- The Washington Times - Tuesday, July 17, 2001

LONDON — Andrew Lloyd Webber's latest musical, "The Beautiful Game," will leave London's West End on Sept. 1 with a loss of about $4 million from its yearlong run.
The award-winning composer is looking ahead to his next show, though.
"All I do know is that I want to continue writing," says Mr. Lloyd Webber, whose mammoth hits include "Cats" and "The Phantom of the Opera."
Mr. Lloyd Webber, 53, says it was a difficult decision to close the show, a particularly ambitious project set against the backdrop of Northern Ireland's "troubles."
Although "The Beautiful Game" was that rare Lloyd Webber entry to win a London Critics' Circle Theatre Award as best musical, Canadian director Robert Carsen's production at the Cambridge Theatre was shut out of the Olivier Awards — London's equivalent of the Tonys — and never caught fire with the public.
In recent weeks, the musical about a Belfast soccer team comprising both Catholics and Protestants played to only 45 percent capacity in a 1,250-seat house.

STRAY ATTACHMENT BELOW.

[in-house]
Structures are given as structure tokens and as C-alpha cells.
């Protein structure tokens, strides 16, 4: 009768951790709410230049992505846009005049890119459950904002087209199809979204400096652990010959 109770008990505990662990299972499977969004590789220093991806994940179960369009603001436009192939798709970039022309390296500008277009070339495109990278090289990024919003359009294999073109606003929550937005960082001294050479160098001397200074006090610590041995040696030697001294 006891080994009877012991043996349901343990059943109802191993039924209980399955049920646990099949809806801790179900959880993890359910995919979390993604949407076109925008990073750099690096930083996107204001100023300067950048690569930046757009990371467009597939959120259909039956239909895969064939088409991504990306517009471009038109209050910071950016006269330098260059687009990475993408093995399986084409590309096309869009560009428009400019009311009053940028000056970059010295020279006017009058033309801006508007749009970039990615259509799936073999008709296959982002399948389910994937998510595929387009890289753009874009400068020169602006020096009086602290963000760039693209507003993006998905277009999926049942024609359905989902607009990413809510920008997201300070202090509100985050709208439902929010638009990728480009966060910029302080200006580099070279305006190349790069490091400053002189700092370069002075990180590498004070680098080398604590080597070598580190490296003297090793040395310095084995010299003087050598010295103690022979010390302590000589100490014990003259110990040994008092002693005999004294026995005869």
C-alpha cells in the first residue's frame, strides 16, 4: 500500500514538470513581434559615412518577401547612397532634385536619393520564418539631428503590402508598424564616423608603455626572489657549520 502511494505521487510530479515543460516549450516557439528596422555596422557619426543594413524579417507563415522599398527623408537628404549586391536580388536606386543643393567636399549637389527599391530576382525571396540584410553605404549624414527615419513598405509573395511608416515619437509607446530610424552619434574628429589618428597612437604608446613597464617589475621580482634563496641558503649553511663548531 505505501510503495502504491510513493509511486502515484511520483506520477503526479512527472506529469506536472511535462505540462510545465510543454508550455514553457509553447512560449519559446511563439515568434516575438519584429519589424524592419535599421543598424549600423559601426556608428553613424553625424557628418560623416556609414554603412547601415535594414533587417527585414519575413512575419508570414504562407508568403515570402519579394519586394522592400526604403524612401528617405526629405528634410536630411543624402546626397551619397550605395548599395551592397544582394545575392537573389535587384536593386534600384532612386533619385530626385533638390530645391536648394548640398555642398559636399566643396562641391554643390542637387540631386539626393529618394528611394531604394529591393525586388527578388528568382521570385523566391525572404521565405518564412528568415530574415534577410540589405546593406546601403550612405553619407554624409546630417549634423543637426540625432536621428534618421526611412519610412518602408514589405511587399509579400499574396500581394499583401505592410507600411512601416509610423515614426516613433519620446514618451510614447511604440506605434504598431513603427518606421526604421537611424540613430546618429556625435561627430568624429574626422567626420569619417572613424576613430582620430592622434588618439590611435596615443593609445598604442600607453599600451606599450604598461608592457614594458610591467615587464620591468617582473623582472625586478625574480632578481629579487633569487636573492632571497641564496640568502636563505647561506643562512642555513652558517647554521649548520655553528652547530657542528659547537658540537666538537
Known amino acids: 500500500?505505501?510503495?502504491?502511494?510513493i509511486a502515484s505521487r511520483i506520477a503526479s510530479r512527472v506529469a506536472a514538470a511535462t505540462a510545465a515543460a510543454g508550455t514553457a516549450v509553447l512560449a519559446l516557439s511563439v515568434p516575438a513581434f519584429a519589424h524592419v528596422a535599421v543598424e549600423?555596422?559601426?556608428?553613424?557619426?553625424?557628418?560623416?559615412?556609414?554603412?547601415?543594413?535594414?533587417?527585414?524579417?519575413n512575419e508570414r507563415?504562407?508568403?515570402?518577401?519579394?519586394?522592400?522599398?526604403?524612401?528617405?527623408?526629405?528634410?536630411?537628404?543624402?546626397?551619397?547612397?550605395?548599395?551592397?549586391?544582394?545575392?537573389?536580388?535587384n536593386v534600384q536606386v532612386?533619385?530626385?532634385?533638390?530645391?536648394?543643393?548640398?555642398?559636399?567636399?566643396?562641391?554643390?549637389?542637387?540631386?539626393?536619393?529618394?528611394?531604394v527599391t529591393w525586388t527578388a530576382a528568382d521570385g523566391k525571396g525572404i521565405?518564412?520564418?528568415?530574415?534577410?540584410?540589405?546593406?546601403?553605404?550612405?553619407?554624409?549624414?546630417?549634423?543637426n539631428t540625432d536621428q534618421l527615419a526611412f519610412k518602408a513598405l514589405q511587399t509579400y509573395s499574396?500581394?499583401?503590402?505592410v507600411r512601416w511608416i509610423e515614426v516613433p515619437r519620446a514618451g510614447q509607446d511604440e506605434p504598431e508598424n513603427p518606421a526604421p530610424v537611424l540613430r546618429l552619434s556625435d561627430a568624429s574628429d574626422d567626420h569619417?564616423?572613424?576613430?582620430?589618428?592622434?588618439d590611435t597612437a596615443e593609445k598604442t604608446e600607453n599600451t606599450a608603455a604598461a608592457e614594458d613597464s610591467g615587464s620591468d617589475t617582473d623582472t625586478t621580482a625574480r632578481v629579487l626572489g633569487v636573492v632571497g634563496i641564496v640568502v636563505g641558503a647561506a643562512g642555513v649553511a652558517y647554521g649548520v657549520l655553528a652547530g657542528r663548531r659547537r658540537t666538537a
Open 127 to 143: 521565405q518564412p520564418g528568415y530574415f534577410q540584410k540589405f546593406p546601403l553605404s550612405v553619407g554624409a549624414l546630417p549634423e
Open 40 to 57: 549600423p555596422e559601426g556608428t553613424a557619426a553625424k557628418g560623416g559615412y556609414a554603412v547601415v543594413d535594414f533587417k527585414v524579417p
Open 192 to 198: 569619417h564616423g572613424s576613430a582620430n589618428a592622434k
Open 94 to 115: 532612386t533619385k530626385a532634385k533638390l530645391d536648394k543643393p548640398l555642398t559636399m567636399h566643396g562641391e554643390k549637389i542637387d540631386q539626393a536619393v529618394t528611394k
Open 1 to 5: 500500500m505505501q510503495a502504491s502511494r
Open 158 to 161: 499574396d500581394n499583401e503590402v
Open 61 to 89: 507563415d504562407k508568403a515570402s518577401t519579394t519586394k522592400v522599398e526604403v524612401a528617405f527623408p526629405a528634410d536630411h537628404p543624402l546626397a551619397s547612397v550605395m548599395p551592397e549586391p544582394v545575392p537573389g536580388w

The composer-producer's shows usually run several seasons or more in London before landing on Broadway for equally long runs.
"Cats," "Starlight Express" and "Phantom" all are still playing in the West End, having opened in 1981, 1984 and 1986, respectively. Mr. Lloyd Webber's "Whistle Down the Wind" closed in January.
Part of the problem with "The Beautiful Game," he says, was the slump in tourism, which resulted in losses of more than $1 million in potential sales to overseas ticket buyers.
Then there's the heaviness of the subject matter at a time when the public apparently has an appetite for musical comedies, such as Broadway's "The Producers," and well-known shows such as the London revival of Lerner and Loewe's classic "My Fair Lady."
"My Fair Lady" has an advance sale of $14 million, compared with $560,000 for "The Beautiful Game."
In September, Mr. Lloyd Webber's touring show, "The Music of Andrew Lloyd Webber," travels to China with British star Elaine Paige heading the cast."By Jeeves," his intimate comic musical, is expected at Broadway's Helen Hayes Theatre in November.
Mr. Lloyd Webber later will produce — but not write — a $6 million West End show, "Bombay Dreams," due in London in May. That one has a score by Indian composer A.R. Rahman, who is based in Madras.
The book has not been closed on "The Beautiful Game," though. A Canadian premiere is planned for autumn 2002 at Toronto's Canon Theatre, followed by a U.S. tour of five or six cities, excluding New York.
Whatever the popular appetite for the show, which features a book and lyrics by British comedian Ben Elton, Mr. Lloyd Webber says he is pleased to have done it.
"The point is, this piece isn't really about the Irish problem, but about the futility of these conflicts the world over and how they keep repeating themselves," he says.

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